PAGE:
It is recommended that the average person consume at least 50 to 100 grams of carbohydrates per day.


The recommended daily intake of between 10% - 35% of calories should come from protein. Every cell in the human body contains protein - it is a major part of the skin, muscles, organs, and glands. 

Protein is needed for:

  • Growth 
  • Tissue repair
  • Immune function
  • Making essential hormones and enzymes
  • Energy when carbohydrate is not available
  • Preserving lean muscle mass

Animal sources of protein include meats such as beef and pork, poultry, fish or shellfish, as well as cheese and milk. You don't need to eat meat alone to obtain protein though - vegetarians are able to get enough by eating a variety of plant proteins. Plant sources of protein include:

  • Pinto beans, black beans, kidney beans, lentils and split peas
  • Nuts and seeds, including almonds, hazelnuts, mixed nuts, peanuts, peanut butter, sunflower seeds, or walnuts (due to their high fat content, these should be consumed in relatively small amounts)
  • Tofu, tempeh and other soy protein products

When proteins are digested they are broken down into their constituent parts, amino acids. Amino acids need to be eaten in large amounts for optimal health benefits. Some amino acids are essential which means that we need to get them from our diet, and others are non-essential which means that our body can make them. If you find it difficult to get enough protein into your daily diet then an amino acid supplement is easy and convenient.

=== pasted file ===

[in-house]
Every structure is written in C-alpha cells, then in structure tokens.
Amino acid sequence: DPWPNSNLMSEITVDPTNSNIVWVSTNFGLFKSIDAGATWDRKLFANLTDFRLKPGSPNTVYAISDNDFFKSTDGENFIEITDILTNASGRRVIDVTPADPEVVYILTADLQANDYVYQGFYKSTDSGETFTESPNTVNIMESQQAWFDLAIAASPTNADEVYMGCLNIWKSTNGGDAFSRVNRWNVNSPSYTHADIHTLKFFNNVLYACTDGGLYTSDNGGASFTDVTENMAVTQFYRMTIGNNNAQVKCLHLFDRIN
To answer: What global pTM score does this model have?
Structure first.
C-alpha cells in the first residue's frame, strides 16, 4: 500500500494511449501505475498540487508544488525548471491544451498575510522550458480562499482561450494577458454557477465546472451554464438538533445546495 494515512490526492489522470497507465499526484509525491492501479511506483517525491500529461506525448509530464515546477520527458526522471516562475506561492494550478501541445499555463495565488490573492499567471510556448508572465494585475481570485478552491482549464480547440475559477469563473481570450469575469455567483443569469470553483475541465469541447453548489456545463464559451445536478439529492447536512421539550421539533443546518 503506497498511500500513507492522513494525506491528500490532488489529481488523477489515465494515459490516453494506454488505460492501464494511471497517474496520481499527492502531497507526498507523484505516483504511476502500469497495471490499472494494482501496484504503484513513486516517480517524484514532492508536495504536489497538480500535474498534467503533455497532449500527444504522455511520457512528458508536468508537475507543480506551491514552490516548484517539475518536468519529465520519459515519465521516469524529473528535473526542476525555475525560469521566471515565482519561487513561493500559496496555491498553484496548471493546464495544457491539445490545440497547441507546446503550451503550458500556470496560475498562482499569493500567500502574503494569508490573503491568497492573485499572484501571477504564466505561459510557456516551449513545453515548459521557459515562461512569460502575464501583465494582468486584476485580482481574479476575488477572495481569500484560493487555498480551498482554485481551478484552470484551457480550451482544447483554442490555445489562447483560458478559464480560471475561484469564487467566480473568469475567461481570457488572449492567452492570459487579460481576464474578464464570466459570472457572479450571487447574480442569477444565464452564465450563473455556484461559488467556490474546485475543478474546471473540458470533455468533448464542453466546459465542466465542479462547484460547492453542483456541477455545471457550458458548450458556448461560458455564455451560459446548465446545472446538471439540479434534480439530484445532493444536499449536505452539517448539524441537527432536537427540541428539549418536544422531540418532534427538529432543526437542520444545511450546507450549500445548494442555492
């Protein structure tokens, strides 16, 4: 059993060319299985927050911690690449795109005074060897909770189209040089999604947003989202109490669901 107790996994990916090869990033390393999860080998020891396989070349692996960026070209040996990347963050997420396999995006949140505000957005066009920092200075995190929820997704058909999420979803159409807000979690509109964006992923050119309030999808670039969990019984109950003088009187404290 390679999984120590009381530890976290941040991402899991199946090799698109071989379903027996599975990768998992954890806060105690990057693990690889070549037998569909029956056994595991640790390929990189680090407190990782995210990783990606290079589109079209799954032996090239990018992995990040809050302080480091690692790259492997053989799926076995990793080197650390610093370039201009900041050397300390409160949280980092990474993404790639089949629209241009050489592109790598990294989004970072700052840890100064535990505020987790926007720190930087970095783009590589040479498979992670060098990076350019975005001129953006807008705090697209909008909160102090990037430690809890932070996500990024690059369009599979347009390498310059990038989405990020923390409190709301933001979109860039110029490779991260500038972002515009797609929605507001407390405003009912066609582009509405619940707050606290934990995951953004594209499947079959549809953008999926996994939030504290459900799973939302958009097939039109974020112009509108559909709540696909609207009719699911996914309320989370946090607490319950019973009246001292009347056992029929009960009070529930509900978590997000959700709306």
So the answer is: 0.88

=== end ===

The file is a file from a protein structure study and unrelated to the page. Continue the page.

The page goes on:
Fats might evoke negative connotations, for example being the cause of weight gain, however some fat is essential for survival. A recommended daily intake of 20% - 35% of calories should come from fat. This is required for:

  • Normal growth and development
  • Energy (fat is the most concentrated source of energy)
  • Absorbing fat-soluble vitamins A, D, E, K, as well as cartenoids
  • Providing cushioning for the organs
  • Maintaining cell membranes
  • Providing taste, consistency, and stability to foods

Fat is made up of individual fatty acids - they are essentially the ‘building blocks’ of fat. Some of these fatty acids have vital functions in your body, and you have to get them from your diet as your body can’t make them. These are known as essential fatty acids and include Omega-3 and Omega-6. The essential fatty acids are important as they are used to make the outer layer (membrane) of the cells in your body and are also involved in the production of certain substances that control chemical reactions inside your cells.